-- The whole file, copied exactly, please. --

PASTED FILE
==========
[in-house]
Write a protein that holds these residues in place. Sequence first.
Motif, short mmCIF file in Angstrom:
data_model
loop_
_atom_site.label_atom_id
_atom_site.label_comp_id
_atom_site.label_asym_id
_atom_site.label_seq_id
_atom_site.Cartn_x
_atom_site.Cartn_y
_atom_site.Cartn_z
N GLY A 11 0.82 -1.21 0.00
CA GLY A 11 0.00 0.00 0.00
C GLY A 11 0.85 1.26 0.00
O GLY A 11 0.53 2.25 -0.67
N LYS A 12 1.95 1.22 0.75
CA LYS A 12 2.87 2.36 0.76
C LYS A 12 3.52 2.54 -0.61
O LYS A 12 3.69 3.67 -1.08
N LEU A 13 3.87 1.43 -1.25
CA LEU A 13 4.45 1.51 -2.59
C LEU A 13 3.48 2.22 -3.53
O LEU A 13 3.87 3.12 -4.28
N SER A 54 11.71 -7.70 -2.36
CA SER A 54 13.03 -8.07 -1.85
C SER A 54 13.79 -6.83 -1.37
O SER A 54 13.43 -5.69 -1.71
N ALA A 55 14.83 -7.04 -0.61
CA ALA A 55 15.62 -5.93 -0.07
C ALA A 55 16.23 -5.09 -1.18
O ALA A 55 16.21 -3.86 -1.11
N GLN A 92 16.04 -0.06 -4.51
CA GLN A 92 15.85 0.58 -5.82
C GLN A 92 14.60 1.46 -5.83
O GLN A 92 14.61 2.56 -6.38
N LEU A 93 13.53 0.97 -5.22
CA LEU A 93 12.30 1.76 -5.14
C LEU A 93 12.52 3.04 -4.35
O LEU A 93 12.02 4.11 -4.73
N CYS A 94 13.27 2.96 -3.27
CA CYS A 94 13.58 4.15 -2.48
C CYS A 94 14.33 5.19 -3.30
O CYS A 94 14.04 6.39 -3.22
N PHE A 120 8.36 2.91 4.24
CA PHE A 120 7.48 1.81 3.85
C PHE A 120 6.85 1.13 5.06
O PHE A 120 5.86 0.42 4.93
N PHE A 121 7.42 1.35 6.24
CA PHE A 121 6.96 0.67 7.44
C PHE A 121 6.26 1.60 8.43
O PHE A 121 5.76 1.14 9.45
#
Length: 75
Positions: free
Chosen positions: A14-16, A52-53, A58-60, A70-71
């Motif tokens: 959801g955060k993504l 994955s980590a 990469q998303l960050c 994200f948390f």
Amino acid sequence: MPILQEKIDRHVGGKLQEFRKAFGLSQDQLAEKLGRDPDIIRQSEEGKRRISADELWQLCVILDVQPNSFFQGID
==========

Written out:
[in-house]
Write a protein that holds these residues in place. Sequence first.
Motif, short mmCIF file in Angstrom:
data_model
loop_
_atom_site.label_atom_id
_atom_site.label_comp_id
_atom_site.label_asym_id
_atom_site.label_seq_id
_atom_site.Cartn_x
_atom_site.Cartn_y
_atom_site.Cartn_z
N GLY A 11 0.82 -1.21 0.00
CA GLY A 11 0.00 0.00 0.00
C GLY A 11 0.85 1.26 0.00
O GLY A 11 0.53 2.25 -0.67
N LYS A 12 1.95 1.22 0.75
CA LYS A 12 2.87 2.36 0.76
C LYS A 12 3.52 2.54 -0.61
O LYS A 12 3.69 3.67 -1.08
N LEU A 13 3.87 1.43 -1.25
CA LEU A 13 4.45 1.51 -2.59
C LEU A 13 3.48 2.22 -3.53
O LEU A 13 3.87 3.12 -4.28
N SER A 54 11.71 -7.70 -2.36
CA SER A 54 13.03 -8.07 -1.85
C SER A 54 13.79 -6.83 -1.37
O SER A 54 13.43 -5.69 -1.71
N ALA A 55 14.83 -7.04 -0.61
CA ALA A 55 15.62 -5.93 -0.07
C ALA A 55 16.23 -5.09 -1.18
O ALA A 55 16.21 -3.86 -1.11
N GLN A 92 16.04 -0.06 -4.51
CA GLN A 92 15.85 0.58 -5.82
C GLN A 92 14.60 1.46 -5.83
O GLN A 92 14.61 2.56 -6.38
N LEU A 93 13.53 0.97 -5.22
CA LEU A 93 12.30 1.76 -5.14
C LEU A 93 12.52 3.04 -4.35
O LEU A 93 12.02 4.11 -4.73
N CYS A 94 13.27 2.96 -3.27
CA CYS A 94 13.58 4.15 -2.48
C CYS A 94 14.33 5.19 -3.30
O CYS A 94 14.04 6.39 -3.22
N PHE A 120 8.36 2.91 4.24
CA PHE A 120 7.48 1.81 3.85
C PHE A 120 6.85 1.13 5.06
O PHE A 120 5.86 0.42 4.93
N PHE A 121 7.42 1.35 6.24
CA PHE A 121 6.96 0.67 7.44
C PHE A 121 6.26 1.60 8.43
O PHE A 121 5.76 1.14 9.45
#
Length: 75
Positions: free
Chosen positions: A14-16, A52-53, A58-60, A70-71
């Motif tokens: 959801g955060k993504l 994955s980590a 990469q998303l960050c 994200f948390f």
Amino acid sequence: MPILQEKIDRHVGGKLQEFRKAFGLSQDQLAEKLGRDPDIIRQSEEGKRRISADELWQLCVILDVQPNSFFQGID